The Unimaginable: Peak coal in China – CITI Research
One of the central themes in Carbon Tracker’s work is getting parts of the financial system to challenge their assumptions. Our report on ‘Wasted Capital and Stranded Assets’ earlier in 2013 noted that the announcement by China that it would peak coal demand within the current five year plan could have major implications for the future coal market. The assumption that Chinese coal demand is insatiable has underpinned the future pricing assumptions of the market, and justified capital expenditure on bringing more production onstream.
It is refreshing to see Citi respond to this issue by bringing forward its assumption abut when coal demand may peak in China. Citi conclude that:
‘one thing is clear – investors now need to reassess the central probabilities around Chinese coal and energy demand and re-price the wide range of affected assets’.
Peaking Chinese coal demand
They believe that the combination of ‘slower power demand growth, higher generation from non-coal sources and greater coal power plant efficiency, [means] coal demand should peak before 2020.’ There are in fact five drivers around which Citi analysts draw this conclusion:
Citi also link this to the concept of unburnable carbon:
“The next decade is set for continued disruption of how the world generates its electricity. Changes in the power mix for each of these regions have important ripple effects for globally traded oil, gas, and coal markets, unburnable carbon, stranded assets and other individual sectors, including mining and renewables.”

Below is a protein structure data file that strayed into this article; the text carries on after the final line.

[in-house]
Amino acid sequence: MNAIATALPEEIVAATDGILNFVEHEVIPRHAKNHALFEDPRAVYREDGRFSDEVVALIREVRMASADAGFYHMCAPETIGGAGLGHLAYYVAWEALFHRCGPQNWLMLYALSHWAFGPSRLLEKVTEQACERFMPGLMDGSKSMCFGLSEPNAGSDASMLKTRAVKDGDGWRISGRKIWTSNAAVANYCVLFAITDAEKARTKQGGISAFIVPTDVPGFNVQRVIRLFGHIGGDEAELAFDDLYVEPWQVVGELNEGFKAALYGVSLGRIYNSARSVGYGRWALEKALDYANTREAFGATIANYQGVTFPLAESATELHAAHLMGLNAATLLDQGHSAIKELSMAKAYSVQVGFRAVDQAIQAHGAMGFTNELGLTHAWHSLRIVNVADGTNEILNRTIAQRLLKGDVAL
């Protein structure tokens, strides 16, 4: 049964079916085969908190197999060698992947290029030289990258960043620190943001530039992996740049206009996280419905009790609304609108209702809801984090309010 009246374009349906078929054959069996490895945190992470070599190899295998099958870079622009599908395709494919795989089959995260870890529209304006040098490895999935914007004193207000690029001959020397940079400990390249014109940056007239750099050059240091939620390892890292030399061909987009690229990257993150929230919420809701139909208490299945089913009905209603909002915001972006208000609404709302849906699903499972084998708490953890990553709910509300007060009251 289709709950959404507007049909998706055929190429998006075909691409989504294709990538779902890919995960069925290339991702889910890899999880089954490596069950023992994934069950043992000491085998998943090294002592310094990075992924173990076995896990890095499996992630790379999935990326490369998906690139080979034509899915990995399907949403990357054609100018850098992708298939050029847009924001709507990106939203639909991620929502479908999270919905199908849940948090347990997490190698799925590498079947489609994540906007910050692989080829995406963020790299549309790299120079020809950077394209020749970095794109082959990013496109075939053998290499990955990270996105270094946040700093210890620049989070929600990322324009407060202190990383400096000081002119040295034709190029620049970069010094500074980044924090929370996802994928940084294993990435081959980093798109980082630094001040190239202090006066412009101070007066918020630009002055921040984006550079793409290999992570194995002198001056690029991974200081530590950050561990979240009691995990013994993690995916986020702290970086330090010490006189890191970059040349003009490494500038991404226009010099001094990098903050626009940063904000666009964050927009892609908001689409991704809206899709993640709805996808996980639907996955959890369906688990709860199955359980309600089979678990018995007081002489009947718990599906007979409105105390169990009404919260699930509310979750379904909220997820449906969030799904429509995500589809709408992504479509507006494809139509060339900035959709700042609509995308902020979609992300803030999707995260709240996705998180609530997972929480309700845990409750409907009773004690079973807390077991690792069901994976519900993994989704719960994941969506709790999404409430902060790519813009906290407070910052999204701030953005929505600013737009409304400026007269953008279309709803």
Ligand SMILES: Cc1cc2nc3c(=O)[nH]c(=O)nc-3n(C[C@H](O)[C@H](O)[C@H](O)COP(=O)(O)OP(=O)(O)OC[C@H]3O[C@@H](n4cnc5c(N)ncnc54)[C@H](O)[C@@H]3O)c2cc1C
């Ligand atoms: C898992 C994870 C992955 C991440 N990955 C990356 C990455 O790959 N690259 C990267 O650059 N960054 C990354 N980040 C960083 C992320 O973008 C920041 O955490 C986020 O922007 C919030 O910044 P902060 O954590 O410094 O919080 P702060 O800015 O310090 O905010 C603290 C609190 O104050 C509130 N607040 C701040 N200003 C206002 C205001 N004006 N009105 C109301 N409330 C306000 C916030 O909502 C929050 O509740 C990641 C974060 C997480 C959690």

“Citi’s Metals and Mining team initiated the End of the Supercycle theme in a report “Metals and Mining: Super Cycle Sunset…” (Mar 21, 2012). The problem of the hard asset or hard liability regarding the mining sector naturally comes to the forefront. In the thermal coal sector on the energy side, this could evoke the fear of unburnable carbon – stressed coal assets that may not be used as a result of a much weaker-than-expected demand environment.”
The changing mood of the sell-side
Alongside major research pieces on the future of thermal coal from Deutsche Bank and Goldman Sachs, this shows how the mood is changing amongst mainstream coal analysts to question whether coal demand can continue rising for ever.